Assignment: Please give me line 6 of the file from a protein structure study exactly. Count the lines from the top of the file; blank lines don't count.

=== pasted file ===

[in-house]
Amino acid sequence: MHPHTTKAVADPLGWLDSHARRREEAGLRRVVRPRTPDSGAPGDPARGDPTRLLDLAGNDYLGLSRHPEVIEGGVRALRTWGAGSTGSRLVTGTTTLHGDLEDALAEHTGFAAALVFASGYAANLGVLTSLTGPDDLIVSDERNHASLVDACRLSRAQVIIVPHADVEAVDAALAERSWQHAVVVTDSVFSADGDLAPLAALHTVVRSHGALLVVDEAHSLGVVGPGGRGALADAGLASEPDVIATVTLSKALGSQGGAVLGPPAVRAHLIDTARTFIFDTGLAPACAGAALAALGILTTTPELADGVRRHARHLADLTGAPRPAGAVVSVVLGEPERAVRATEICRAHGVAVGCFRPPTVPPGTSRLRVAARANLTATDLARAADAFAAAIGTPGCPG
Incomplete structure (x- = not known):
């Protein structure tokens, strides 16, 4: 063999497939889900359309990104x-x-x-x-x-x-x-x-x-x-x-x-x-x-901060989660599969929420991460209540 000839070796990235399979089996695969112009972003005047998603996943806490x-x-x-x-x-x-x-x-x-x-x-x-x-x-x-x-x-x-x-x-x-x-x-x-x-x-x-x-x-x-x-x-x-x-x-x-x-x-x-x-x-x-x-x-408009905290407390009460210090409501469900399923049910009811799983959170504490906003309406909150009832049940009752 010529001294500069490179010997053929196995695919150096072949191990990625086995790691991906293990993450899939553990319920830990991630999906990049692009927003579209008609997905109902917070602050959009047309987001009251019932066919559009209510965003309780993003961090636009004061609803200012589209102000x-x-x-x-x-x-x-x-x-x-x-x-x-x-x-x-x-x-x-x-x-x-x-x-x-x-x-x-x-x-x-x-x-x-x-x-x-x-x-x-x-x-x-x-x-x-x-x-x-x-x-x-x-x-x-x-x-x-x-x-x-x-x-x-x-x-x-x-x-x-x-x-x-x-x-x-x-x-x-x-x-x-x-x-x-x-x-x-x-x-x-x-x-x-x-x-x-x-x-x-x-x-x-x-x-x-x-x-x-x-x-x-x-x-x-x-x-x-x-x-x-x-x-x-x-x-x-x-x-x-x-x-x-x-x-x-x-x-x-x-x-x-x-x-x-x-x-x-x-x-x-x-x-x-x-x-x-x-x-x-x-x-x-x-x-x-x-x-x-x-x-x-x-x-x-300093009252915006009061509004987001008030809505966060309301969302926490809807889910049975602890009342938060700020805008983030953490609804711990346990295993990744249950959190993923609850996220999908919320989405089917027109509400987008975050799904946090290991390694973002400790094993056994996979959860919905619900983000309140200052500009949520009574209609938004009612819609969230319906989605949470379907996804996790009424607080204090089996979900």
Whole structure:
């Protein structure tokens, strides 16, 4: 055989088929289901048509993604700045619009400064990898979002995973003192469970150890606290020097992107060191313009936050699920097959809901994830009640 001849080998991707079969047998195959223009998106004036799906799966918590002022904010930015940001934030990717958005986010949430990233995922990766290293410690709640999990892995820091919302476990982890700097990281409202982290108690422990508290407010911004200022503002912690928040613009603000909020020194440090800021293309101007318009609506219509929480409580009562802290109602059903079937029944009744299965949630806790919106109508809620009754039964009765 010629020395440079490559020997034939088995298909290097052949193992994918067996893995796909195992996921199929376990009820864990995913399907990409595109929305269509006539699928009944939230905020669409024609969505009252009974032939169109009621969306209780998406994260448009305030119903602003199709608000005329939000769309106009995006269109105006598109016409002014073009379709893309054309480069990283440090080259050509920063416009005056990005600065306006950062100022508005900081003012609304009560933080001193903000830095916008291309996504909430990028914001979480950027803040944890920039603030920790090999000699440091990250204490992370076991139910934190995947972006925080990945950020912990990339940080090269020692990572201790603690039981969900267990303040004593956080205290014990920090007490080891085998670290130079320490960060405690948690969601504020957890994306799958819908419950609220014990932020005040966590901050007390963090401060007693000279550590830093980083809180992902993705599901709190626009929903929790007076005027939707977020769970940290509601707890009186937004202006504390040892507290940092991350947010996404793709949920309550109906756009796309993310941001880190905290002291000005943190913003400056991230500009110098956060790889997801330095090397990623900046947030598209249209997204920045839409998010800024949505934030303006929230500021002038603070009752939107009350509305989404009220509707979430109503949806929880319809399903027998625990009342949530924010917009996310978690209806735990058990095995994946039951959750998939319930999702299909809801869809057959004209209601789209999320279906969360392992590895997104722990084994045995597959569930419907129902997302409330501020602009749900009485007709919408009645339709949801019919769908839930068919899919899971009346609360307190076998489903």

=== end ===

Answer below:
């Protein structure tokens, strides 16, 4: 055989088929289901048509993604700045619009400064990898979002995973003192469970150890606290020097992107060191313009936050699920097959809901994830009640 001849080998991707079969047998195959223009998106004036799906799966918590002022904010930015940001934030990717958005986010949430990233995922990766290293410690709640999990892995820091919302476990982890700097990281409202982290108690422990508290407010911004200022503002912690928040613009603000909020020194440090800021293309101007318009609506219509929480409580009562802290109602059903079937029944009744299965949630806790919106109508809620009754039964009765 010629020395440079490559020997034939088995298909290097052949193992994918067996893995796909195992996921199929376990009820864990995913399907990409595109929305269509006539699928009944939230905020669409024609969505009252009974032939169109009621969306209780998406994260448009305030119903602003199709608000005329939000769309106009995006269109105006598109016409002014073009379709893309054309480069990283440090080259050509920063416009005056990005600065306006950062100022508005900081003012609304009560933080001193903000830095916008291309996504909430990028914001979480950027803040944890920039603030920790090999000699440091990250204490992370076991139910934190995947972006925080990945950020912990990339940080090269020692990572201790603690039981969900267990303040004593956080205290014990920090007490080891085998670290130079320490960060405690948690969601504020957890994306799958819908419950609220014990932020005040966590901050007390963090401060007693000279550590830093980083809180992902993705599901709190626009929903929790007076005027939707977020769970940290509601707890009186937004202006504390040892507290940092991350947010996404793709949920309550109906756009796309993310941001880190905290002291000005943190913003400056991230500009110098956060790889997801330095090397990623900046947030598209249209997204920045839409998010800024949505934030303006929230500021002038603070009752939107009350509305989404009220509707979430109503949806929880319809399903027998625990009342949530924010917009996310978690209806735990058990095995994946039951959750998939319930999702299909809801869809057959004209209601789209999320279906969360392992590895997104722990084994045995597959569930419907129902997302409330501020602009749900009485007709919408009645339709949801019919769908839930068919899919899971009346609360307190076998489903």